-> TimeB -> ImageB -> SpriteTrees

treesIm (spritify above rectB mbColorB xfB tt imB) ==
treesIm above ‘above’
(crop rectB $
mbWithColor mbColorB $
(xfB *%) $
(‘timeTransform’ tt) $
imB)

That the algorithm given below satisfies this specification may be proved by induction on the ImageB representation. Rather than give the algorithm first and then the proof, the algorithm is instead derived from the specification so that it is correct by construction. Many simple algebraic properties of the data types are relied upon. These properties may be taken as axioms or proved from semantic models of the data types.

Normalizer 230 for one embodiment is implemented with the Haskell source code.

5.1 Solid Images

Consider the following facts about solid images.

SolidImage ‘timeTransform‘ tt == SolidImage

xfB *% SolidImage == SolidImage

withColor defaultColor SolidImage = SolidImage

These facts simplify the specification of spritify:

treesIm (spritify above rectB mbColorB xfB tt SolidImage) ==

treesIm above ‘over‘

crop rectB (withColor (chooseColorB mbColorB) SolidImage)

where

chooseColorB :: Maybe ColorB -> ColorB

chooseColorB Nothing = defaultColor

chooseColorB (Just c) = c

Now considering the interpretation of SolidSprite, the specification simplifies further:

treesIm (spritify above rectB mbColorB xfB tt SolidImage) ==

treesIm above ‘above‘

treeIm (SolidSprite rectB (chooseColorB mbColorB))

Finally, recall from the definition of treesIm that

treesIm (bot : above) == treesIm above ‘over‘ treeIm bot

The specification then becomes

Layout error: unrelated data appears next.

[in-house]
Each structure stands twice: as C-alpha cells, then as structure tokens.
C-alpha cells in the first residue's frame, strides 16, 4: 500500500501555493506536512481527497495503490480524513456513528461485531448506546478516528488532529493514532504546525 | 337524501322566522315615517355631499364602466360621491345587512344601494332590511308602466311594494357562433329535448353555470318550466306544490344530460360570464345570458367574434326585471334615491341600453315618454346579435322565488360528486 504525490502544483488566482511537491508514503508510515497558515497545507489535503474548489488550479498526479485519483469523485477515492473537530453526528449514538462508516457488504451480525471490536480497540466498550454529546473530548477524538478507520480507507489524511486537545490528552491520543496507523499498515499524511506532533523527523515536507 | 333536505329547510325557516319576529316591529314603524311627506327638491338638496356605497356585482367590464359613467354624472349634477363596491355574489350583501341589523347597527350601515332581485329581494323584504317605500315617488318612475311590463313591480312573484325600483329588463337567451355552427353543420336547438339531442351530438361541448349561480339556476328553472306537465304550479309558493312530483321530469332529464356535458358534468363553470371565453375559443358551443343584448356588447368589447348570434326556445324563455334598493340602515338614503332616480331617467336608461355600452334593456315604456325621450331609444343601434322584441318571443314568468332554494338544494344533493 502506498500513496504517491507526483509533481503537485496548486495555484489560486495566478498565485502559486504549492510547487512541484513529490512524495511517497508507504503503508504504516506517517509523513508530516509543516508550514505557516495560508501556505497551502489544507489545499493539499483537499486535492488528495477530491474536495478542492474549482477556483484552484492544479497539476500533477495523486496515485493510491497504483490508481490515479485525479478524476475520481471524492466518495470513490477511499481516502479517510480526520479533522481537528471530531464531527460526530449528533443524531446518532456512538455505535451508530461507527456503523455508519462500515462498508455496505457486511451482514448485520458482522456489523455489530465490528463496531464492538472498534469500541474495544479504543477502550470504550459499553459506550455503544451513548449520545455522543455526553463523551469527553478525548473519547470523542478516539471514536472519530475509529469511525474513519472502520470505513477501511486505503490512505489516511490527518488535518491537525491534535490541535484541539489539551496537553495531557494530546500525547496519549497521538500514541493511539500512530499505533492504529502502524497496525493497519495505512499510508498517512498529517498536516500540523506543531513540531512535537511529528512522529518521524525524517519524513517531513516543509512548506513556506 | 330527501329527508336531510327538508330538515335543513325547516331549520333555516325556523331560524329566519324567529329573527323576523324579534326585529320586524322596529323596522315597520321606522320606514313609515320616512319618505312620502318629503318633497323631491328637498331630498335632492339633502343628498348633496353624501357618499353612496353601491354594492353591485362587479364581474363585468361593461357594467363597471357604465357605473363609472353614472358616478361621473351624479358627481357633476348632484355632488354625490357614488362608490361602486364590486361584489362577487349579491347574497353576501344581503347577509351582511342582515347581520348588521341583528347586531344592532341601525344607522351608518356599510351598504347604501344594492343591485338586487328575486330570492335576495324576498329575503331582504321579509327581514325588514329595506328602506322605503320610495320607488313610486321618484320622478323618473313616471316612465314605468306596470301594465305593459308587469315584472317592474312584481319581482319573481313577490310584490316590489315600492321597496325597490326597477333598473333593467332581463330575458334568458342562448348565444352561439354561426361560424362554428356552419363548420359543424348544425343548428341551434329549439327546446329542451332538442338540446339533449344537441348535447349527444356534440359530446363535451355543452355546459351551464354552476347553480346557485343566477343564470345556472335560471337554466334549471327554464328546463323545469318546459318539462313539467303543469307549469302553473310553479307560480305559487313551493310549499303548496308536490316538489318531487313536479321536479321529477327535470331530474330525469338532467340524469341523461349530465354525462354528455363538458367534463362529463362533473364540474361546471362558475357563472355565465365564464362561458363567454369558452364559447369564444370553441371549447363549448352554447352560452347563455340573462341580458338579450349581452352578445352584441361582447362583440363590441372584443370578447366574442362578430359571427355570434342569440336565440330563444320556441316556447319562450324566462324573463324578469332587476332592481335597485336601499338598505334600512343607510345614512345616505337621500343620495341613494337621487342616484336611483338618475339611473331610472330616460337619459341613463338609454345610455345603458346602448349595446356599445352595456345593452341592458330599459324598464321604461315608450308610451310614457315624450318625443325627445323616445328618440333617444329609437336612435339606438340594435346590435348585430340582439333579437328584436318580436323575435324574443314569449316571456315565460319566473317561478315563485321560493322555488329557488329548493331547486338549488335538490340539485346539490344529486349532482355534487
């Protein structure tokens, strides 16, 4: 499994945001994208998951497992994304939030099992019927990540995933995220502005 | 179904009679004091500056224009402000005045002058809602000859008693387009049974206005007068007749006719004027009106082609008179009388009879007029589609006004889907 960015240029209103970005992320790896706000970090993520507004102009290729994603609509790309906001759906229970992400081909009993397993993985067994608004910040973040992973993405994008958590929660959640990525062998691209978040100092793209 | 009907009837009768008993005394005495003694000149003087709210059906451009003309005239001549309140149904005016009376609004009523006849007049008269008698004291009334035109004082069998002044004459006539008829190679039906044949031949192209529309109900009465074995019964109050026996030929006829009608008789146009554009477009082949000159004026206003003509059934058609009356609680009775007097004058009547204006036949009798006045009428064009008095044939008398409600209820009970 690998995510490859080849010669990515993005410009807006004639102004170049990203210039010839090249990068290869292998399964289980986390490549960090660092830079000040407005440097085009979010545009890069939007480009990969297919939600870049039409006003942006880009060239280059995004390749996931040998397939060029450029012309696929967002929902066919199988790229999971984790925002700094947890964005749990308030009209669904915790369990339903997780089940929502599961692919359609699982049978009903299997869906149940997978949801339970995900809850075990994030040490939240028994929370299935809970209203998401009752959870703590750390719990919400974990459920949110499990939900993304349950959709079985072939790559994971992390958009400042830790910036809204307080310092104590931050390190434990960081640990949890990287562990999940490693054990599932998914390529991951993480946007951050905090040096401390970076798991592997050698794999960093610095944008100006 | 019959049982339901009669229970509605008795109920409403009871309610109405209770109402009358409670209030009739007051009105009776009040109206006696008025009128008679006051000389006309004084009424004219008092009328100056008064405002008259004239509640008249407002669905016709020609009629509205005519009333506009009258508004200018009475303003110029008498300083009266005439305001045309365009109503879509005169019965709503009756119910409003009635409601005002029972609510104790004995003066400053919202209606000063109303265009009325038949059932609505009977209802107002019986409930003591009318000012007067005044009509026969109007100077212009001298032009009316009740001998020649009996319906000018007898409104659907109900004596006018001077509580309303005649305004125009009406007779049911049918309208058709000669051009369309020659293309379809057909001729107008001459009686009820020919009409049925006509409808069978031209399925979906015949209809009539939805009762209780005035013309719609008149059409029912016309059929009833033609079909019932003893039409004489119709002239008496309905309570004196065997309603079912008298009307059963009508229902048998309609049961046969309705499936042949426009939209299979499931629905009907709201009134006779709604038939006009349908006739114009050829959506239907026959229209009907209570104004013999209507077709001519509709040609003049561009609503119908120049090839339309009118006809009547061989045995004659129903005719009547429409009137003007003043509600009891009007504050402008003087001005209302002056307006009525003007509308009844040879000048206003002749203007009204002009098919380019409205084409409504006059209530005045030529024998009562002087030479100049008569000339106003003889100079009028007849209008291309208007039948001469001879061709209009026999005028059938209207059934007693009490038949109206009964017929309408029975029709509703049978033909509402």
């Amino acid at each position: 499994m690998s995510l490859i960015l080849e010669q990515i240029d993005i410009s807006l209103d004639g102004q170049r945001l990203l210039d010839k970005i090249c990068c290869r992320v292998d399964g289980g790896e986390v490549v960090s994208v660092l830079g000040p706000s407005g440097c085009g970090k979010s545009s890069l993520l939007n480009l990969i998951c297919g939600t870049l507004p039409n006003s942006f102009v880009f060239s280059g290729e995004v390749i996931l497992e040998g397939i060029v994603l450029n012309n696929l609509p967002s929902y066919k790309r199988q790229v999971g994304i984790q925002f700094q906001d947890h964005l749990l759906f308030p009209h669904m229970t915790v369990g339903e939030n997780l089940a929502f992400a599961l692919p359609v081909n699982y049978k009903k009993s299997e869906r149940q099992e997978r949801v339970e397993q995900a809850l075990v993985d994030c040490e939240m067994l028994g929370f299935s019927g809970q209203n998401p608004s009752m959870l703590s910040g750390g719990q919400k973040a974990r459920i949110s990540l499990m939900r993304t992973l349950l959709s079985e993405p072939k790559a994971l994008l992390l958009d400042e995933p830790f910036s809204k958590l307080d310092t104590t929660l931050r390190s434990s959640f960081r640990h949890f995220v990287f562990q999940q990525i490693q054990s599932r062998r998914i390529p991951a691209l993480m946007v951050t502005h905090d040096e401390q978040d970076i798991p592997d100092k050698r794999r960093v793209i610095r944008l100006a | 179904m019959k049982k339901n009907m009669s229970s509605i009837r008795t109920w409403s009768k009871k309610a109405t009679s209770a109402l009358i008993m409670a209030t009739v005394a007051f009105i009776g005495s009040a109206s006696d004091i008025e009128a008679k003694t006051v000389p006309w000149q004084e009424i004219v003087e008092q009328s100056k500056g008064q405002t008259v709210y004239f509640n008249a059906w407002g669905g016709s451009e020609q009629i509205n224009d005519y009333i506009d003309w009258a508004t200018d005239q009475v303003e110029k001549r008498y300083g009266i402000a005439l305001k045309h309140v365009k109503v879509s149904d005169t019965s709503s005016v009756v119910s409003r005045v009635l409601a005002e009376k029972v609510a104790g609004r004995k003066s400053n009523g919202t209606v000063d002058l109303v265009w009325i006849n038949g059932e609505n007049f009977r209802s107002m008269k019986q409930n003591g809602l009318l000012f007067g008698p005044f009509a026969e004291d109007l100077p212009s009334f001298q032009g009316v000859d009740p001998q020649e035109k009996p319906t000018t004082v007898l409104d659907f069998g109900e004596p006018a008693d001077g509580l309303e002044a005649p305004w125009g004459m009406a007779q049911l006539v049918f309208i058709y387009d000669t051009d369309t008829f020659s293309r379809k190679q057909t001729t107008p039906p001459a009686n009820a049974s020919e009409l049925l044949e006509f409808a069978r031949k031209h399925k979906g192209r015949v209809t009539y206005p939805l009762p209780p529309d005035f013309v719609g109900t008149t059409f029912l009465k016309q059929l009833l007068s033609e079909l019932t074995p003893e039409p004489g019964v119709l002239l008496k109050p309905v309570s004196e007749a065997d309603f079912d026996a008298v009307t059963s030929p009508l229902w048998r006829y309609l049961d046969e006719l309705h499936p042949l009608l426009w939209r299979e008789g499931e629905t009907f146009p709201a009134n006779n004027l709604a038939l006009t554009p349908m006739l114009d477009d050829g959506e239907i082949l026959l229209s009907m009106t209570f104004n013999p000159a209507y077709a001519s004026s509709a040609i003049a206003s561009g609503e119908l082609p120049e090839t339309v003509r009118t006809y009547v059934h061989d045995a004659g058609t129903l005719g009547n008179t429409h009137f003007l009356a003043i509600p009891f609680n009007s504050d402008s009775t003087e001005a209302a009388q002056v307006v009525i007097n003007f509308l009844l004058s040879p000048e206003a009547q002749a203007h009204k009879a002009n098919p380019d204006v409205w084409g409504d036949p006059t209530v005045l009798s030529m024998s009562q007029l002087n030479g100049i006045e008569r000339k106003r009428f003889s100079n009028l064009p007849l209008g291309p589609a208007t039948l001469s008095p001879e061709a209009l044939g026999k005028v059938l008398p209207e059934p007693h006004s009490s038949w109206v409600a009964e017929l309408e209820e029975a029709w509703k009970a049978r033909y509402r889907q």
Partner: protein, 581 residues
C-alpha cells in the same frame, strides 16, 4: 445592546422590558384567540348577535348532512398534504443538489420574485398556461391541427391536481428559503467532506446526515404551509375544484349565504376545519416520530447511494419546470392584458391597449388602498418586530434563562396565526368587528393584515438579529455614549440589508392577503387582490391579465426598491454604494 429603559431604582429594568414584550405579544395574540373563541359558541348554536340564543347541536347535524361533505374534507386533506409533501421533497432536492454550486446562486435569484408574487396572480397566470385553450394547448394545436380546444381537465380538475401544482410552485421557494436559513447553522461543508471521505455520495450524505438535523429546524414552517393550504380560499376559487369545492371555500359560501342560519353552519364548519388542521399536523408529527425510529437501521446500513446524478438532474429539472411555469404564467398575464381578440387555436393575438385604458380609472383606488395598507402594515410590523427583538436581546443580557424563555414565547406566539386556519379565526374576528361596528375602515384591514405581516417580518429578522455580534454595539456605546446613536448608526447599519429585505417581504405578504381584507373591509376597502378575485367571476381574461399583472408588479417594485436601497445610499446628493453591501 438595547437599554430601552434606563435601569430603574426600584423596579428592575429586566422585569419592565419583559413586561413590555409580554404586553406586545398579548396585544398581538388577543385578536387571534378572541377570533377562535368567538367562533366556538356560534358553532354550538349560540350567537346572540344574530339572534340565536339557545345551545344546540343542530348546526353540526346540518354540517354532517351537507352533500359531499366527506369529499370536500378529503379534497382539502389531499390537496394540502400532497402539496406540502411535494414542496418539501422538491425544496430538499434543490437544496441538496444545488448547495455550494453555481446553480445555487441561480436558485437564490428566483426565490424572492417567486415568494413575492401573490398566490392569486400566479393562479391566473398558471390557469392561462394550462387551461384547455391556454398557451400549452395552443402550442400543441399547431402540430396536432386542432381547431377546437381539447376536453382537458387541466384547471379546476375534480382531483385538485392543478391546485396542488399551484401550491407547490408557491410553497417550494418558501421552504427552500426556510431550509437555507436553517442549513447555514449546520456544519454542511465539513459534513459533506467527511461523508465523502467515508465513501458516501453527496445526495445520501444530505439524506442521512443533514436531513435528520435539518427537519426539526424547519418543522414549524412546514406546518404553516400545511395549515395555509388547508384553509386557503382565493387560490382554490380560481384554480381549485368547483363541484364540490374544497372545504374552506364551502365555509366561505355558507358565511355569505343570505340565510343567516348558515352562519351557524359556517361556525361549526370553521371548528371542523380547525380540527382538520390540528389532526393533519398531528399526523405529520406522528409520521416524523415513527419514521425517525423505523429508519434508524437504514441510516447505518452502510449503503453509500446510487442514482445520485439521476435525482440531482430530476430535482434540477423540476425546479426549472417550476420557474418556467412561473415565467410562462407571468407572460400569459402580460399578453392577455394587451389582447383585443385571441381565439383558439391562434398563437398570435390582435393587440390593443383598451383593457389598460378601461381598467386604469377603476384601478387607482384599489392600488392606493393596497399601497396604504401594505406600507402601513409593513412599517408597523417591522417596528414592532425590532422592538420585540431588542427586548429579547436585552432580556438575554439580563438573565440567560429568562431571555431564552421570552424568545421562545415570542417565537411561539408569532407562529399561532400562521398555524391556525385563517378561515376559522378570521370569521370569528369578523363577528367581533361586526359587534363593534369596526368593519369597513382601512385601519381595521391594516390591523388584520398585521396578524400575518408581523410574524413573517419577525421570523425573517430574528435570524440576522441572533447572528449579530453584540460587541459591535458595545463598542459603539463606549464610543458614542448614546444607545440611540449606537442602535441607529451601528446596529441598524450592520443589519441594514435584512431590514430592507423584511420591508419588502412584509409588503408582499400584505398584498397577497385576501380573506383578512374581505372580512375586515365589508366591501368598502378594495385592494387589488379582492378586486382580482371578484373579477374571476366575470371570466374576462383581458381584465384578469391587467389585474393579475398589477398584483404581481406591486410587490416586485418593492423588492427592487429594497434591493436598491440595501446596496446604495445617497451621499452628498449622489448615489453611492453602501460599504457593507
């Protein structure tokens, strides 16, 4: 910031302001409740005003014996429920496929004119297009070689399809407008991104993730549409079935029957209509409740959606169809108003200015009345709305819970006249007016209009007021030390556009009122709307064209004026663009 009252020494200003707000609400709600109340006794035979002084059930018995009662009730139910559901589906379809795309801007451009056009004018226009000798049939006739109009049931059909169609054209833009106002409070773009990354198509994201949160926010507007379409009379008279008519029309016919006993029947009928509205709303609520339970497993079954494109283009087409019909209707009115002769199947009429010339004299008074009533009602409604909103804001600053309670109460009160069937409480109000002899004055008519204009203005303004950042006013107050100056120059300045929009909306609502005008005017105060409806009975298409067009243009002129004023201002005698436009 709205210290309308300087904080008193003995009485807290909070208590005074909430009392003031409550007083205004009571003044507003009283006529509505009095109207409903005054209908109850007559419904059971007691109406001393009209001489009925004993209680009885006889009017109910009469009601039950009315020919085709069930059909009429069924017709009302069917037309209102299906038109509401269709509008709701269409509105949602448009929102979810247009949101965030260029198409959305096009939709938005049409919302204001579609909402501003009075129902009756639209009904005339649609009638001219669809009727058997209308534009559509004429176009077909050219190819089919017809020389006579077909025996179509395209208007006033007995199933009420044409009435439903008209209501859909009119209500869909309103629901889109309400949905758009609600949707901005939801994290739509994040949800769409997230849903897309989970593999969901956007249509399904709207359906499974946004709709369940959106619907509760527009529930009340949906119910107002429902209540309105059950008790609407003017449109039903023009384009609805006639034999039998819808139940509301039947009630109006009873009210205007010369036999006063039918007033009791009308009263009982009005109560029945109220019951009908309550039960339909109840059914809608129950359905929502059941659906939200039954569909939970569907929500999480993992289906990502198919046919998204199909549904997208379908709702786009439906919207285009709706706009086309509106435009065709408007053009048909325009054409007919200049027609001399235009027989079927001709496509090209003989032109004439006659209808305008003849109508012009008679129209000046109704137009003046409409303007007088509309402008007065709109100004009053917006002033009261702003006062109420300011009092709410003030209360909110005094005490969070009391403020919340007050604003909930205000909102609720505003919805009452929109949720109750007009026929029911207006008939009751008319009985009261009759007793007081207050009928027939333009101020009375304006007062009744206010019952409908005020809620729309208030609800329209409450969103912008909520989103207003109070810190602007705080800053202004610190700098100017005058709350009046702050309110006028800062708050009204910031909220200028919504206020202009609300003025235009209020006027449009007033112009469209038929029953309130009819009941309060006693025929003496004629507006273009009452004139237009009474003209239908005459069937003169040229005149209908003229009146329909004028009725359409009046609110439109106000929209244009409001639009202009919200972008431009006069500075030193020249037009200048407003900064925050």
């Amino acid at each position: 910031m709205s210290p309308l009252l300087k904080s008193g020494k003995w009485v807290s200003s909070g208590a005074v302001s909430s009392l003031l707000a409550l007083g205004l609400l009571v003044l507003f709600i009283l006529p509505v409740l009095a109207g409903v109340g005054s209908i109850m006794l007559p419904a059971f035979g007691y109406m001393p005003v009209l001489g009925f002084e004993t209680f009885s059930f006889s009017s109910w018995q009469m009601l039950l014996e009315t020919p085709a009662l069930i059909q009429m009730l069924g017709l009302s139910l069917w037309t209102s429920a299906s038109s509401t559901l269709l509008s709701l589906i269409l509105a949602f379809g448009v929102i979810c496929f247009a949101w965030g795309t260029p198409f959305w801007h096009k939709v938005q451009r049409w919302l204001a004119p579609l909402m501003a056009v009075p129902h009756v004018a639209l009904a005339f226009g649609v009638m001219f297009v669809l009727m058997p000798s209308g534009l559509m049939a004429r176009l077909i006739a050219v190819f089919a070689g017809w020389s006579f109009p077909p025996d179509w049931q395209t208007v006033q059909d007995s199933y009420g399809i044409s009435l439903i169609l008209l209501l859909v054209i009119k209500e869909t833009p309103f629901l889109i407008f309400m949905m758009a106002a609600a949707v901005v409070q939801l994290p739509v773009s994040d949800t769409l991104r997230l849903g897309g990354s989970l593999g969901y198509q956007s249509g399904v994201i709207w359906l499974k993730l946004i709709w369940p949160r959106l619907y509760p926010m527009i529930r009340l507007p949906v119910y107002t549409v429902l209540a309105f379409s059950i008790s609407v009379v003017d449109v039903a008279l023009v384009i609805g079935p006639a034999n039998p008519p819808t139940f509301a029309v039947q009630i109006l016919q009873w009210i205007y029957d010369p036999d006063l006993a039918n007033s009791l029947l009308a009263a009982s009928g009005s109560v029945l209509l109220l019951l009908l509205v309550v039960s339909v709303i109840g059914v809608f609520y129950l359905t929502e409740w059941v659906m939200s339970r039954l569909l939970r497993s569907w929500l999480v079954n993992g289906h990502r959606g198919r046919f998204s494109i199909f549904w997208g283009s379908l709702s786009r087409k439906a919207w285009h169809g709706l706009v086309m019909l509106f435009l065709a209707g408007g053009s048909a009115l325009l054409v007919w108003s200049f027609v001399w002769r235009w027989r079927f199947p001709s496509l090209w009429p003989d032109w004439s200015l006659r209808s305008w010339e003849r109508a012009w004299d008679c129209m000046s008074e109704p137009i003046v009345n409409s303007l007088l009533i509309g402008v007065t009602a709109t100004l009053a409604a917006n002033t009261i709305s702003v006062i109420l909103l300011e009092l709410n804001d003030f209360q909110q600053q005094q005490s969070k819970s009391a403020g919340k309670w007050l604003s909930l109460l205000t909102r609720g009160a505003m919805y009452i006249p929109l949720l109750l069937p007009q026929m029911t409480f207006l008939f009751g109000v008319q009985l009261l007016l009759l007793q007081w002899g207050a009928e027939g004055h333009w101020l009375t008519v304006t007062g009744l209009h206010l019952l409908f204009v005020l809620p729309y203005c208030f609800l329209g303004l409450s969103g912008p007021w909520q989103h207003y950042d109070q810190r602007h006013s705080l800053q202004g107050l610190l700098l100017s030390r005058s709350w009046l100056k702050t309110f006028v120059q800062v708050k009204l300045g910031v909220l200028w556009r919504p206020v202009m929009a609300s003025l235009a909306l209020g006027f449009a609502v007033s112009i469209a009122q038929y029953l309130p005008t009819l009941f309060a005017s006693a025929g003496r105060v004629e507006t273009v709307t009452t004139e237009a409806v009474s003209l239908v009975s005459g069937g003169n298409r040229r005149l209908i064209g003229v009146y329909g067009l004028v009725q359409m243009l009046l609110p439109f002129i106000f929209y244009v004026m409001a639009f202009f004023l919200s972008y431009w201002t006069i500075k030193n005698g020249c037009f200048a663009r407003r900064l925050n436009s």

treesIm (spritify above rectB mbColorB xfB tt SolidImage) ==

treesIm (SolidSprite rectB (chooseColorB mbColorB) : above)

This final simplification then directly justifies the SolidImage case in the spritify algorithm.

spritify above rectB mbColorB xfB tt SolidImage =

SolidSprite rectB (chooseColorB mbColorB) : above

5.2 Rendered Images

Because of their spatially continuous nature, ImageB values may be thought of as being constructed bottom-up, whereas their implementation via spritify is top-down. This difference is especially clear in the treatment of rendered images.

Although sprite engine 240 can perform scaling as well as translation, the scaling it does is necessarily approximate, i.e., it scales discrete images. With a rendered image, however, the rendering operation itself should produce a discrete image of the appropriate resolution. For this reason, the transform behavior should be factored into translation, scale, and rotation. Fran's factorTransform2 function does just this:

xfB == translate motionB ‘compose2‘

uscale scaleB ‘compose2‘

rotate angleB

where

(motionB, scaleB, angleB) = factorTransform2 xfB

Moreover, the meaning of transform composition is function composition:

(xfB ‘compose2‘ xfB’) *% thing == xfB *% (xfB’ *% thing)

Factoring the spatial transform and turning transform composition into function composition, the specification becomes the following.

treesIm (spritify above rectB mbColorB xfB tt
(RenderImage renderer)) ==
treesIm above ‘above’
(crop rectB $
mbWithColor colorB $
move motionB $
stretch scaleB $
turn angleB $
(‘timeTransform’ tt) $
RenderImage renderer)

where

(motionB, scaleB, angleB) = factorTransform2 xfB

Next, since renderers do not perform motion, the move must be extracted from within applications of withColor and crop, as justified by the following properties.

withColor c (xfb *% imb) == xfb *% (withColor c imb)

crop rectB (xfb *% imb) == xfb *% crop (inverse2 xfb *% rectB) imb